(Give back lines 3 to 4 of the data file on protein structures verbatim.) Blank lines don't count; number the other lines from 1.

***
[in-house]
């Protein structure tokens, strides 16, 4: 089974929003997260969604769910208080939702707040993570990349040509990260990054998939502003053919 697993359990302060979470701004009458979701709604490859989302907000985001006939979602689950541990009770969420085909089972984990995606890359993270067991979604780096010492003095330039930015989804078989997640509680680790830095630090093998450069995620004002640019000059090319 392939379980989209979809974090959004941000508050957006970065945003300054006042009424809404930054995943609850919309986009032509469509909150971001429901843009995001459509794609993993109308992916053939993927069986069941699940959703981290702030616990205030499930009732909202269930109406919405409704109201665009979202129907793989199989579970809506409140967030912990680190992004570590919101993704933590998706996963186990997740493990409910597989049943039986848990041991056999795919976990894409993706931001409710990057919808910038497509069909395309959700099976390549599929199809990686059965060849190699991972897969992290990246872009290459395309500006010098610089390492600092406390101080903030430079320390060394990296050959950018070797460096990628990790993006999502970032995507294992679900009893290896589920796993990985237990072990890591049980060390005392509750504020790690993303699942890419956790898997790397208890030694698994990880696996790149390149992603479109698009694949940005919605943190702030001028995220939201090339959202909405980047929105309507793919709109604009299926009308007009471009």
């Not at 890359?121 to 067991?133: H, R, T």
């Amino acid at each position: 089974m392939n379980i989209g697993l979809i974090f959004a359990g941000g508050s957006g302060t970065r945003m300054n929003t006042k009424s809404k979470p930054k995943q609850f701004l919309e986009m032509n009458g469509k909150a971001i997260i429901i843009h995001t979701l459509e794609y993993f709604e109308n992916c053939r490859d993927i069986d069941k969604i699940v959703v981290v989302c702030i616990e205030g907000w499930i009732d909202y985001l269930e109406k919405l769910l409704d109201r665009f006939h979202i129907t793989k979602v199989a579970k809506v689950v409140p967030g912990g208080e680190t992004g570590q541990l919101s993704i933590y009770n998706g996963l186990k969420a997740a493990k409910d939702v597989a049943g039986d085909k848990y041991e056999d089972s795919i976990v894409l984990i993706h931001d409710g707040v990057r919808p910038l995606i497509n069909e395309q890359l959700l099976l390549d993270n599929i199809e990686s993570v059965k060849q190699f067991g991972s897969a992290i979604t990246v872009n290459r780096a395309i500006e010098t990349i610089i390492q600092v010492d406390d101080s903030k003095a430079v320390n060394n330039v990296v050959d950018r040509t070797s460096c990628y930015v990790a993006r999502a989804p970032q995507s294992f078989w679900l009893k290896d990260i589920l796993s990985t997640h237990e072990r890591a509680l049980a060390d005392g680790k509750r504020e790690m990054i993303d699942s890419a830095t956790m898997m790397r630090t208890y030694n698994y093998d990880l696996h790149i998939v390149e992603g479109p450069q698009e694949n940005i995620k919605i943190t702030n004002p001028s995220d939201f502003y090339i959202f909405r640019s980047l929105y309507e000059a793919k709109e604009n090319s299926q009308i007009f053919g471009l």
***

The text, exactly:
């Not at 890359?121 to 067991?133: H, R, T």
């Amino acid at each position: 089974m392939n379980i989209g697993l979809i974090f959004a359990g941000g508050s957006g302060t970065r945003m300054n929003t006042k009424s809404k979470p930054k995943q609850f701004l919309e986009m032509n009458g469509k909150a971001i997260i429901i843009h995001t979701l459509e794609y993993f709604e109308n992916c053939r490859d993927i069986d069941k969604i699940v959703v981290v989302c702030i616990e205030g907000w499930i009732d909202y985001l269930e109406k919405l769910l409704d109201r665009f006939h979202i129907t793989k979602v199989a579970k809506v689950v409140p967030g912990g208080e680190t992004g570590q541990l919101s993704i933590y009770n998706g996963l186990k969420a997740a493990k409910d939702v597989a049943g039986d085909k848990y041991e056999d089972s795919i976990v894409l984990i993706h931001d409710g707040v990057r919808p910038l995606i497509n069909e395309q890359l959700l099976l390549d993270n599929i199809e990686s993570v059965k060849q190699f067991g991972s897969a992290i979604t990246v872009n290459r780096a395309i500006e010098t990349i610089i390492q600092v010492d406390d101080s903030k003095a430079v320390n060394n330039v990296v050959d950018r040509t070797s460096c990628y930015v990790a993006r999502a989804p970032q995507s294992f078989w679900l009893k290896d990260i589920l796993s990985t997640h237990e072990r890591a509680l049980a060390d005392g680790k509750r504020e790690m990054i993303d699942s890419a830095t956790m898997m790397r630090t208890y030694n698994y093998d990880l696996h790149i998939v390149e992603g479109p450069q698009e694949n940005i995620k919605i943190t702030n004002p001028s995220d939201f502003y090339i959202f909405r640019s980047l929105y309507e000059a793919k709109e604009n090319s299926q009308i007009f053919g471009l």